Salisbury in Rowan County, North Carolina — The American South (South Atlantic)
C.S. Military Prison
Longing for the Morning
Union Gen. Ulysses S. Grant, to further strain Southern resources, slowed the exchange of prisoners in 1864, and beginning in August stopped the exchanges entirely until February 1865. In October 1864, the prison began receiving large numbers of Union soldiers captured on the Virginia battlefields. By early November, the prison, designed to hold about 2,500, became inundated with about 10,000 men. The overcrowded inmates occupied tents and partial underground shelters throughout the fall and winter of 1864-65 because most of the buildings had to be used as hospitals.
The main entrance to the prison compound stood 40 yards across the bridge to your right, enclosed by a wooden stockade and a “dead line” that inmates could be shot for crossing. The log garrison house in front of you is the only surviving structure used by the prison.
“There we sat, night after night, in the thick darkness, inhaling the foul vapor and acrid smoke, longing for the morning when we could again catch a glimpse of the blue beaming sky.”
† † † † - Four Years in Secessia, Junius Henry Browne
Erected by Civil War Trails.
Marker series. This marker is included in the North Carolina Civil War Trails marker series.
Location. 35° 39.839′ N, 80° 28.206′ W. Marker is in Salisbury, North Carolina, in Rowan County. Marker is on E Bank Street, on the right when traveling north. Touch for map. Marker is in this post office area: Salisbury NC 28144, United States of America. Touch for directions.
Other nearby markers. At least 8 other markers are within walking distance of this marker. City of Salisbury (approx. 0.2 miles away); Meroneyís Theatre Andrew Jackson (approx. 0.2 miles away); Confederate Prison (approx. 0.2 miles away); Salisbury Confederate Memorial (approx. 0.3 miles away); St. Lukeís Episcopal Church (approx. 0.3 miles away); Washington Southern Tour (approx. 0.3 miles away); Rowan County Courthouse (approx. 0.3 miles away). Touch for a list and map of all markers in Salisbury.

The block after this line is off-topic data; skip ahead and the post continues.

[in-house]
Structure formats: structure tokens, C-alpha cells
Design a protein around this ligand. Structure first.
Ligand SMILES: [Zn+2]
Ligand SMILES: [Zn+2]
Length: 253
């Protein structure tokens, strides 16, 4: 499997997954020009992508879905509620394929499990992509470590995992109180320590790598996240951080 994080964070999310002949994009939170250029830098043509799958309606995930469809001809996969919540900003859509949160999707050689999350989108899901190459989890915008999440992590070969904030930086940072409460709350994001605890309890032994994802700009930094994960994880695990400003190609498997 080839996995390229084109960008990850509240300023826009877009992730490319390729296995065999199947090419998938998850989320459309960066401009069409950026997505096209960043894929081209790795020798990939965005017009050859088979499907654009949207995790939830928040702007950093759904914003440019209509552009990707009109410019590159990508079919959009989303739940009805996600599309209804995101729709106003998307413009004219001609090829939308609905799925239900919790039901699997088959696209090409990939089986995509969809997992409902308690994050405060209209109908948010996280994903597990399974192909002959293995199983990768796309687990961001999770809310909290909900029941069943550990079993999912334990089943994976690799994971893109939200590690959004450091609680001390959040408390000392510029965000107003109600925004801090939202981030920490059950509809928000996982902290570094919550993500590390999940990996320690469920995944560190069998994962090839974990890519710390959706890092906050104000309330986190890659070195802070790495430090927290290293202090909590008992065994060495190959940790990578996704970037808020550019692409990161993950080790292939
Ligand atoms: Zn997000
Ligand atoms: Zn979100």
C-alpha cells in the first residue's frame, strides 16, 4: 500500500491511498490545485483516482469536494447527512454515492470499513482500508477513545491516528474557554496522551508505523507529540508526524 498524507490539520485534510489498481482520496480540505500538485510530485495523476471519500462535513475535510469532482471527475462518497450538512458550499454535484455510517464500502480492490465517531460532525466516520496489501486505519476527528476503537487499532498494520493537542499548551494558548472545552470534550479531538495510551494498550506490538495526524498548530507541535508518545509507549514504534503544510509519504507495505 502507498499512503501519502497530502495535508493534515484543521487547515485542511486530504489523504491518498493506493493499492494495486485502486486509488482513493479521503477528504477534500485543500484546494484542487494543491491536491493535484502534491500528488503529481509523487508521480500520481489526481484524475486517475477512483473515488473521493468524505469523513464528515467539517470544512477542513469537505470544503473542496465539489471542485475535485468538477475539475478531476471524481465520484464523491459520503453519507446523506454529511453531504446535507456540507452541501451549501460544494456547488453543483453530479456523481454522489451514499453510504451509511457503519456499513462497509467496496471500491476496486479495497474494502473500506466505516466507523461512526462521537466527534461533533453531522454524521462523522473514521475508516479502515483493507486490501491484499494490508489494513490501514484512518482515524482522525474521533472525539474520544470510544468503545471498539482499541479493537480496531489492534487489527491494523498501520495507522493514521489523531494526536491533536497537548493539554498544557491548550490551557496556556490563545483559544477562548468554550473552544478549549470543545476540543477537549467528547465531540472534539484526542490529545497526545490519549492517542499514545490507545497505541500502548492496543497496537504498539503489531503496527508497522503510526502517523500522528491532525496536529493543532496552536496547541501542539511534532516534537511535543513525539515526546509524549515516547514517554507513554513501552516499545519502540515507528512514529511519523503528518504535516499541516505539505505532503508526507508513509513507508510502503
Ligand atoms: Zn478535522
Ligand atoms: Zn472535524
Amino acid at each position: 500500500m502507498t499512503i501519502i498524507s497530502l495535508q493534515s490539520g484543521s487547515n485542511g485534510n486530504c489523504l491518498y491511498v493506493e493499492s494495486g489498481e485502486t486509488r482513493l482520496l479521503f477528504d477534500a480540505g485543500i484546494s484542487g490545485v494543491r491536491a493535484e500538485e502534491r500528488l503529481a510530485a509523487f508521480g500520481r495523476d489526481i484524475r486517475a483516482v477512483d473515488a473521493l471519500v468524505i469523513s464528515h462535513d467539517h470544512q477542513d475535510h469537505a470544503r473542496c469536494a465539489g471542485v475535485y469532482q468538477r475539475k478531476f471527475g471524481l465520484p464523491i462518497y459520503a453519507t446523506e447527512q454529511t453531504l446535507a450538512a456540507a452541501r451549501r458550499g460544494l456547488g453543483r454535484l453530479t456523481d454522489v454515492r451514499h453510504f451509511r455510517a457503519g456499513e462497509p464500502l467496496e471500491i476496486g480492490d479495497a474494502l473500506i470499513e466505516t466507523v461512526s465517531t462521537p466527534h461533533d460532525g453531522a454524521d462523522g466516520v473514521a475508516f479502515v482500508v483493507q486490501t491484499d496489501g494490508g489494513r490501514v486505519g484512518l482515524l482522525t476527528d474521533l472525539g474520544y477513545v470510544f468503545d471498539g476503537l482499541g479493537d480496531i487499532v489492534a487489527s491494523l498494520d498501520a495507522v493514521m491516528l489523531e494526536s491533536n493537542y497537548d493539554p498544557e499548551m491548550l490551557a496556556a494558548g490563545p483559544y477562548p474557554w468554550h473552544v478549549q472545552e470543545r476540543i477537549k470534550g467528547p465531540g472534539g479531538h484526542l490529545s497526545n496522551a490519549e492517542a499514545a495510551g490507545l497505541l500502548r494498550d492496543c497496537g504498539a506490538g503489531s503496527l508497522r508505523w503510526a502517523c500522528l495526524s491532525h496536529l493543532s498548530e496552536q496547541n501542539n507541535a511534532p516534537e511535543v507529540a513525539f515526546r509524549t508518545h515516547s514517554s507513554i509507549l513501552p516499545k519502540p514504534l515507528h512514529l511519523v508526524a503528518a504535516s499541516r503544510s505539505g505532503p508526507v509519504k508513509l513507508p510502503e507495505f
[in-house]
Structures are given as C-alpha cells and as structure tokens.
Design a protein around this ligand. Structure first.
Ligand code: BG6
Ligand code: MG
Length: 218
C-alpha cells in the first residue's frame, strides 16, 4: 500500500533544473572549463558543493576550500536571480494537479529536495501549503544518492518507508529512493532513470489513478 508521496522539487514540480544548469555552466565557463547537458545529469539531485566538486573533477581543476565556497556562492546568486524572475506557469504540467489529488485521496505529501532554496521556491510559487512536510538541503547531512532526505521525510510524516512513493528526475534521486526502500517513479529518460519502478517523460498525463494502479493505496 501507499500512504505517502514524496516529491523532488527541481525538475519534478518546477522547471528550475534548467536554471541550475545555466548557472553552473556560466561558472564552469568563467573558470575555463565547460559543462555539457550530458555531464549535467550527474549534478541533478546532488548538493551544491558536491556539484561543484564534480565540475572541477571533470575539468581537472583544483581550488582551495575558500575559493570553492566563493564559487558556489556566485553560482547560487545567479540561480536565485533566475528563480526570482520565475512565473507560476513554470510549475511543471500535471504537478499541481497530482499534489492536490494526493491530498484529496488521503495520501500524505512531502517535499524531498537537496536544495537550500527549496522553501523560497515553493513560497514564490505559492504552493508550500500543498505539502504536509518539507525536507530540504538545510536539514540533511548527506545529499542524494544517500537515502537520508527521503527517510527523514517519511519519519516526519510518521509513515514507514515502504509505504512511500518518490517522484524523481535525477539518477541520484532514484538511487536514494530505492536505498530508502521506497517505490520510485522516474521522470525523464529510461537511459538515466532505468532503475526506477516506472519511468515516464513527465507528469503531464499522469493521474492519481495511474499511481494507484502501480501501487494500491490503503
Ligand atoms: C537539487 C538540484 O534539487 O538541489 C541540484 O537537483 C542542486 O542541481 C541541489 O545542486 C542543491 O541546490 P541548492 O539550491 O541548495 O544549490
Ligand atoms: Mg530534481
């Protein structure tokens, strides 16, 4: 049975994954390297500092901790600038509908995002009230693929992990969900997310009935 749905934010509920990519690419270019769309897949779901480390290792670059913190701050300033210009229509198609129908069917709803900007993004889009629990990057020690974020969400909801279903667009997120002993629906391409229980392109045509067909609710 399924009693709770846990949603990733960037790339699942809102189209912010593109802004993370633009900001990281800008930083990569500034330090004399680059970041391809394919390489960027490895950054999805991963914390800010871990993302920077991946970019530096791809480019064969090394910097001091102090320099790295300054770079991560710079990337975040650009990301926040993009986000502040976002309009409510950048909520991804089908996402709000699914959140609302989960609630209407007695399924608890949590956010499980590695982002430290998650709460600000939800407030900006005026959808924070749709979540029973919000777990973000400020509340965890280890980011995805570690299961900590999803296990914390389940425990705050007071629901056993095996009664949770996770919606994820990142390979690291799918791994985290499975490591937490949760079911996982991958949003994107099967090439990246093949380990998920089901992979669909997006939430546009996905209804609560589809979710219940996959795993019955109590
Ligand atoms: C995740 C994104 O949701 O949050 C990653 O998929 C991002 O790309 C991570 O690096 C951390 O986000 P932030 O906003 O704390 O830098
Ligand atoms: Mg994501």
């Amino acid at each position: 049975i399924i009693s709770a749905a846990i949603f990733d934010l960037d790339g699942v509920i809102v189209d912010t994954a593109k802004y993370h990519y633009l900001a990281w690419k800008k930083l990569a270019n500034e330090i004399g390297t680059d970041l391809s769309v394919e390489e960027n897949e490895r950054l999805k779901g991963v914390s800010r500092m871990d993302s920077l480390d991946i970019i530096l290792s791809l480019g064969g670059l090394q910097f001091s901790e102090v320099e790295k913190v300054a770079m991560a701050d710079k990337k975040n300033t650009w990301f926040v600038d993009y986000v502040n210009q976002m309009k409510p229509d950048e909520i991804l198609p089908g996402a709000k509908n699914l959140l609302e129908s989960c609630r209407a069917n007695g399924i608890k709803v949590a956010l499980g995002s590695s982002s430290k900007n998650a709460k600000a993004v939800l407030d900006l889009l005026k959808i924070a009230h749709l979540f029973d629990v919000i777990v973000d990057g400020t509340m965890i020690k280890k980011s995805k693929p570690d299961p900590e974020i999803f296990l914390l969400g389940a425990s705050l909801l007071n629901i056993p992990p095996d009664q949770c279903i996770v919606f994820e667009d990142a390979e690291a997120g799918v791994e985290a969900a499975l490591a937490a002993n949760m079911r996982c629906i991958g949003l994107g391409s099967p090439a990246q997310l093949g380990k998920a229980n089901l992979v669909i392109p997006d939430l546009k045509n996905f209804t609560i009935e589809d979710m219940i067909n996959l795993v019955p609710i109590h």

More about this marker. The bottom left of the marker contains a lithograph of a birds-eye view of the prison, by C.A. Kraus in 1886. The upper right of the marker shows an “Aerial photo with outline of prison boundaries.”
Also see . . .
1. The Salisbury NC Confederate Civil War Prison & Salisbury National Cemetery. (Submitted on August 11, 2010, by Bill Coughlin of North Arlington, New Jersey.)
2. Western North Carolina Civil War Sites. North Carolina Civil War Trails (Submitted on August 11, 2010, by Bill Coughlin of North Arlington, New Jersey.)
Categories. • War, US Civil •
Credits. This page was last revised on June 16, 2016. This page originally submitted on August 8, 2010, by Bill Coughlin of North Arlington, New Jersey. This page has been viewed 1,450 times since then and 21 times this year. Photos: 1, 2, 3, 4, 5. submitted on August 8, 2010, by Bill Coughlin of North Arlington, New Jersey.